Healing Injustice Conference - University of Houston
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The Healing Injustice Conference is a two-day event being held in the Honors College at the University of Houston, and generously funded by the Elizabeth D. Rockwell Center on Ethics and Leadership (EDR) at the Hobby School of Public Affairs.

The United States (U.S.) leads the world in a grim statistic: approximately 6.5 million people incarcerated or under criminal justice supervision (e.g., probation, parole). Moreover, the affected population is disproportionately comprised of people of color, people with disabilities, and people living in poverty. The right to a defense attorney when someone is charged with a crime is enshrined in the Sixth Amendment of the United States Constitution. However, the quality of this defense is often inadequate due to under-resourcing, raising questions about people's constitutional rights.

Holistic indigent defense refers to approaches that engage “teams of professionals that address a range of the client’s needs rather than simply a heroic solitary lawyer who represents a defendant solely at criminal trial.” This approach attempts to address not only clients’ legal needs, but also seeks to ameliorate the impact of arrest and incarceration (e.g., employment, housing, nutrition, access to health care).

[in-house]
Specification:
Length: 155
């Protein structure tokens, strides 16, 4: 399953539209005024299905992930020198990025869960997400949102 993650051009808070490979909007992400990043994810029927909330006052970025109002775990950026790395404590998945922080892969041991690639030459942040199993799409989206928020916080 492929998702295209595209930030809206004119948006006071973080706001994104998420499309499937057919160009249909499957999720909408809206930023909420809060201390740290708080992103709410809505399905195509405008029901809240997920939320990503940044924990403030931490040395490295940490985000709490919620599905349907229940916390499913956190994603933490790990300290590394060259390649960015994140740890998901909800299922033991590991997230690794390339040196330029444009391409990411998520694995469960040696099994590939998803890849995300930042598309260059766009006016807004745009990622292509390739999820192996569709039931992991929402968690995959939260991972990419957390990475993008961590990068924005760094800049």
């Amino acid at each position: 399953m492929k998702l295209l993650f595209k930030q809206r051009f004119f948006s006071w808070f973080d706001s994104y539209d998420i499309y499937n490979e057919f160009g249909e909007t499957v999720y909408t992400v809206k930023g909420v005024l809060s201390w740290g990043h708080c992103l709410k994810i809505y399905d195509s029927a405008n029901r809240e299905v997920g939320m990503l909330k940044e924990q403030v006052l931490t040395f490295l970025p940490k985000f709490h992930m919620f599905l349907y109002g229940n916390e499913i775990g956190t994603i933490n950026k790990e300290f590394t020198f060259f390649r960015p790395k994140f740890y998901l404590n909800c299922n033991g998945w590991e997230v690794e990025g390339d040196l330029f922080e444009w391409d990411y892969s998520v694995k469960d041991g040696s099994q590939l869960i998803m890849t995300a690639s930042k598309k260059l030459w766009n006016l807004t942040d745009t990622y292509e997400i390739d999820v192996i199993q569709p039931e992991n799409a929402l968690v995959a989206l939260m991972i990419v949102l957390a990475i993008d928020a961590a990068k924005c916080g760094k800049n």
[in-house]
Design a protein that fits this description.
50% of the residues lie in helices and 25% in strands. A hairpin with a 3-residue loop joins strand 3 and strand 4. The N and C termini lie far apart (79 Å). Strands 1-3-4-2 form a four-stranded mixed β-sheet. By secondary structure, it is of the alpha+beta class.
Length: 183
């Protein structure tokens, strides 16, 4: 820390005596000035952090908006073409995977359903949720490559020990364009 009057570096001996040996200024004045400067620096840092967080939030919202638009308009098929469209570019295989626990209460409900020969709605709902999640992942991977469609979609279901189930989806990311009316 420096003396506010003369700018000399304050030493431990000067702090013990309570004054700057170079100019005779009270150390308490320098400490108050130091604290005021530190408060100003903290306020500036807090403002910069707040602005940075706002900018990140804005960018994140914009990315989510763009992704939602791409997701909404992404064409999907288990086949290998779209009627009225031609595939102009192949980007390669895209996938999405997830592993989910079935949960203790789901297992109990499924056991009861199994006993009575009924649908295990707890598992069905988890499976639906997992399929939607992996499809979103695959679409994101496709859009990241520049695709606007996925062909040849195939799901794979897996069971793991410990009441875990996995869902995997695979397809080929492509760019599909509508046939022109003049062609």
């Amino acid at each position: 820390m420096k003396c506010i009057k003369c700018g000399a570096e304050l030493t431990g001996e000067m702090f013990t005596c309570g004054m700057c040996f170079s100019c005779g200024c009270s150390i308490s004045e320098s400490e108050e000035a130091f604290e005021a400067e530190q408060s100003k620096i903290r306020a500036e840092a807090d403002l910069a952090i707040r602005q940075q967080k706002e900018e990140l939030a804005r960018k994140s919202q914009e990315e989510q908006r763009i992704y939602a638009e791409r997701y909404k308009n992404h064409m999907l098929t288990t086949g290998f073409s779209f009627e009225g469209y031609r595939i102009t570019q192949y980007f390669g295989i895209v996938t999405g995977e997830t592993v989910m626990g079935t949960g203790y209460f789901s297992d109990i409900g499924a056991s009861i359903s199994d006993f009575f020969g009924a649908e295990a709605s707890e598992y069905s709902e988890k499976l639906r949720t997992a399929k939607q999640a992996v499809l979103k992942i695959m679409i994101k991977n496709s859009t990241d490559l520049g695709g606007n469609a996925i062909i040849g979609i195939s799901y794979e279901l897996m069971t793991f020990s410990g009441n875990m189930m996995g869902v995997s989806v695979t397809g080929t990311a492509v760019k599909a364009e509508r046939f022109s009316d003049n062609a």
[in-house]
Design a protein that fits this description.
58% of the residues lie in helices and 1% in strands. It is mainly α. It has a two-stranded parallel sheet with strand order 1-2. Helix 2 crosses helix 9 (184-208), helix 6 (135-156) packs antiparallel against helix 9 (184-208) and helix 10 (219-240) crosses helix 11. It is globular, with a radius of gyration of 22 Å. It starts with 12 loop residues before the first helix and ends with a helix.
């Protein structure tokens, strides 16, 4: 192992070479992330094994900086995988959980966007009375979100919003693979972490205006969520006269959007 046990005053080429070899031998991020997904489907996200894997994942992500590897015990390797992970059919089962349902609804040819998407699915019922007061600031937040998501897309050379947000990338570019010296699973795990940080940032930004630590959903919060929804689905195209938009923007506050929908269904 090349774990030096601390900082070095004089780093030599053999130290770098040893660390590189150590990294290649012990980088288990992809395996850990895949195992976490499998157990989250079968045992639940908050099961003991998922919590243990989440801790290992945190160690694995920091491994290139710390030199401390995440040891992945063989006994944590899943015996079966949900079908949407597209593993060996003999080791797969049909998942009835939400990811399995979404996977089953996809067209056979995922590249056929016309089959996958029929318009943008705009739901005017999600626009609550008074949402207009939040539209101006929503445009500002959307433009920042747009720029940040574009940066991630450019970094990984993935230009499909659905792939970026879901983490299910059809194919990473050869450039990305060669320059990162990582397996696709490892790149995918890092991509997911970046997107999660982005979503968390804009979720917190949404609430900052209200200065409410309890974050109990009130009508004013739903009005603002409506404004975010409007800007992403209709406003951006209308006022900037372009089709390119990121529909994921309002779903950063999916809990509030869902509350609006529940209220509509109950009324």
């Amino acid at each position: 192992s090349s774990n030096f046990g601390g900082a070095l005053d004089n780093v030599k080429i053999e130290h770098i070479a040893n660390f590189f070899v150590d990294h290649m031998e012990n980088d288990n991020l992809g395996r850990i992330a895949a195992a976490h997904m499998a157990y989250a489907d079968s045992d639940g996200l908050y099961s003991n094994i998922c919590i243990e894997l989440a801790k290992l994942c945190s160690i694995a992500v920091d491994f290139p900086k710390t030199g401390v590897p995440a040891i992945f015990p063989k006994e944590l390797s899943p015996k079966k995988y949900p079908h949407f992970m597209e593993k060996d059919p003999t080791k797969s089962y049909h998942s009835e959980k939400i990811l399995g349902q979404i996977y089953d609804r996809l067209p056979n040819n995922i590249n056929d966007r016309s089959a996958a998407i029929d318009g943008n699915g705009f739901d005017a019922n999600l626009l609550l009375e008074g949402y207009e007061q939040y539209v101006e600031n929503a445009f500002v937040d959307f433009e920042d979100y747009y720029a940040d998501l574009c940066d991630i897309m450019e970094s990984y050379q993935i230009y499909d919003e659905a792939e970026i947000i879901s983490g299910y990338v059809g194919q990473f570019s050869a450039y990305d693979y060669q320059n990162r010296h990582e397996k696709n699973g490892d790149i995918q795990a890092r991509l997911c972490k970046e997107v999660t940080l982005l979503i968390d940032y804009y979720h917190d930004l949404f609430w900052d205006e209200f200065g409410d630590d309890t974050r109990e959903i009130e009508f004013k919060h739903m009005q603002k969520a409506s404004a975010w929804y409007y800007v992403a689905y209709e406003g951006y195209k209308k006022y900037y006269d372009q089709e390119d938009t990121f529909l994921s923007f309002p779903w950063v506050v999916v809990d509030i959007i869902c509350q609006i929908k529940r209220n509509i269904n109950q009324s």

This is a groundbreaking conference that brings together lawyers, social workers, community health workers, human services professionals, students, and data scientists to engage with the possibilities of reshaping the way that people without economic means experience legal representation. 

The Healing Injustice Conference aims to:
1) Revolutionize how holistic defense data is captured and utilized,
2) Reimagine the role of social services and mental wellness care across the defense process, and
3) Conceptualize what holistic defense training would look like for lawyers.

The event will include keynote speakers Antong Lucky and Dr. James McLeary.

We invite lawmakers, lawyers, social workers, community health workers, human services professionals, students, and data scientists to participate in this conversation.

Conference registration is free and open to the public. Breakfast, lunch, and coffee will be provided to in-person participants.

Please contact healing-injustice@uh.edu if you have questions or need more information.


Healing Injustice: Innovating Holistic Defense Conference

The University of Houston is proud to announce the Healing Injustice: Innovating Holistic Defense Conference at a time when the momentum behind holistic defense for those unable to pay has never been greater. While the Sixth Amendment of the Constitution establishes the right to legal representation, the quality of the representation available to those living in poverty is often inadequate.